Women in the Criminal Justice Term Paper

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Current standards are based on male offenders and viewed as inappropriate for non-violent female offenders, who constitute the majority of incarcerated women. This also explains the rise of imprisonment for economic crimes, which involve a disproportionate number of women. AI also recommended against criminalizing drug-dependent pregnant women, as doing so had driven dependent women underground instead of towards treatment and this reduced access to prenatal care of treatment. Racism has still been another problem. It has been observed that African-American women have been sentenced to prison at a much higher rate than women of Northern European origin (Ketcham).

AI also reported that 70% of correctional employees and guards of incarcerated women are men and that as high as 80% of these women have been survivors of abuse by the men in those institutions (Ketcham 2001). These survivors naturally do not feel secure in the correctional institutions. In response, AI recommended that only female members of the staff should be allowed in the bathroom and bedrooms of the inmates; complaints of sexual assaults or misconduct by the staff be investigated independently by the Department of Corrections; and charges of rape be prosecuted to the full extent of the law (Ketcham). AI, furthermore, exerted pressure for the restoration of ex-offenders' right to vote.

Other recommendations made to policymakers by other sectors were gender-specific programs for both adult and young female offenders; the expansion of intermediate sanctions and community programs to address the behaviors of female offenders; opportunities to return female offenders to their communities; more alternatives to abusive home situations; continuum-of-care programs for girls in communities nationwide; new and more responsive correctional agency policies to enhance victim services; expanded juvenile victimization prevention programs; data gathering techniques on crimes committed against victims 12 years old or younger; strategies t enhance job opportunities for women; and the implementation of policies that would promote flexibility in criminal justice agencies in balancing career with family life (Gowdy 1998).

The Tenth United Nations Congress (2004) focused on the growing threat of transnational organized crime, especially trafficking of migrants, and the two-fold approach it adopted. The approach consisted of a criminal justice response to prevent the crime and deter the offender and a human rights response to protect and defend the rights and integrity of the victims. Solving transnational crime requires international cooperation and, through international cooperation, useful information on cross-border crime prevention and policy-making can be obtained. The 10th UN Congress warned that researchers of these info themselves could feel threatened by physical danger from and by international criminal organizations, which will resist the research work in order to maintain their secrecy and status quo. These organizations' close cooperation with the police can develop into an uneasy or unethical situation for the researchers.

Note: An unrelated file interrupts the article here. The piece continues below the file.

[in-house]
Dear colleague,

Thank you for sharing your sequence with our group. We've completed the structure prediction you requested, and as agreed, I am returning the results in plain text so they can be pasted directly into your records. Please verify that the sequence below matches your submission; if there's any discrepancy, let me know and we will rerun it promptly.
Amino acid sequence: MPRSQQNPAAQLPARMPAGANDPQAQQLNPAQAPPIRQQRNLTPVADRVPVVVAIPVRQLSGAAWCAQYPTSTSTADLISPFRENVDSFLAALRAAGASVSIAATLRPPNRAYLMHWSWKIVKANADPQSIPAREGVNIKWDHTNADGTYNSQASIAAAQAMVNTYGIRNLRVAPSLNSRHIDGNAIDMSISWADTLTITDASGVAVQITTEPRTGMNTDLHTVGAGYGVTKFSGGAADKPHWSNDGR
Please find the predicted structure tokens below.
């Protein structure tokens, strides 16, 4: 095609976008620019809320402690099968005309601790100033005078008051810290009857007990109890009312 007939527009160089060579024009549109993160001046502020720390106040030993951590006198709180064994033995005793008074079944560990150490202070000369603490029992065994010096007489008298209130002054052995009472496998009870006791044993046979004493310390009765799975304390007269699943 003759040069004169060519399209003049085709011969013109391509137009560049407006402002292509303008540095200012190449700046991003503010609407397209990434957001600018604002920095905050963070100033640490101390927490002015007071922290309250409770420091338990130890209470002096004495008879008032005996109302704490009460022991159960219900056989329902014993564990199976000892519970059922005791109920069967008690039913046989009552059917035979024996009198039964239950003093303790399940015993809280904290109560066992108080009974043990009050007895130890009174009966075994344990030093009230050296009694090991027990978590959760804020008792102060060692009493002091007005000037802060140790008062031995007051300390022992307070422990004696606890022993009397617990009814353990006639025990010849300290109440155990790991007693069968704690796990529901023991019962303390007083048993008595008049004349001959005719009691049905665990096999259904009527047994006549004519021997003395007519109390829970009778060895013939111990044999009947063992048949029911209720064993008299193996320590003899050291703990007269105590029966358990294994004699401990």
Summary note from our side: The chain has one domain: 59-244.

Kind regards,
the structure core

Issues listed for discussion by the world body included women as offenders and prisoners; the relation between victimization and the status of women; the implications and ramifications of new policies and program in crime prevention and criminal justice; specific health needs, maternal responsibilities, exploitation and abuse during incarceration and the diversity of cultural and racial requirements of female prisoners; crime prevention policies that will address the women's socio-economic status, social and community support and available options; international policies and instruments to insure equality, justice and protection of human rights; the role of women in criminal organizations in securing greater knowledge of criminal organizations' operations and mechanisms on transnational scale; women as victims and survivors; ways to reduce their vulnerability and the development of indigenous strategies that will reduce the incidence of exploitation and abuse; sustainable economic options for them; common strategies and strengthening communication networks between government agencies and non-governmental organizations in providing more effective support to women who resist victimization; support to women and girls who report such crimes and provide evidence in court; and elimination of barriers to such reporting that will support appropriate procedures, mechanisms and processes, while safeguarding the rights of these victims (10th UN Congress 2004).


De Santis, Marie. (2000). Advocating for Women in the Criminal Justice System: Introduction. Women's Justice Center. http://www.justicewomen.com/handbook/intro.html

Gowdy, Voncile B. et al. (1998). Report on the LEAA Task Force on Women. U.S. Department of Justice. http://www.ojp.usdoj.gov/reports/98Guides/wcjs98/wcjspdf.pdf

Ketcham, Linda. (2001). Women in the Criminal Justice System. Wisconsin Women's Network. http://www.womensnetwork.org/womenandcriminaljustice.html

Tenth United Nations Congress on the Prevention of Crime and the Treatment of Offenders. (2000). Women in the Criminal Justice System. Item 6 provisional agenda. Offenders and Victims: Accountability and Fairness in the Justice Process. http://www.ungin.org/Documents/congr10/12e.pdf[continue]

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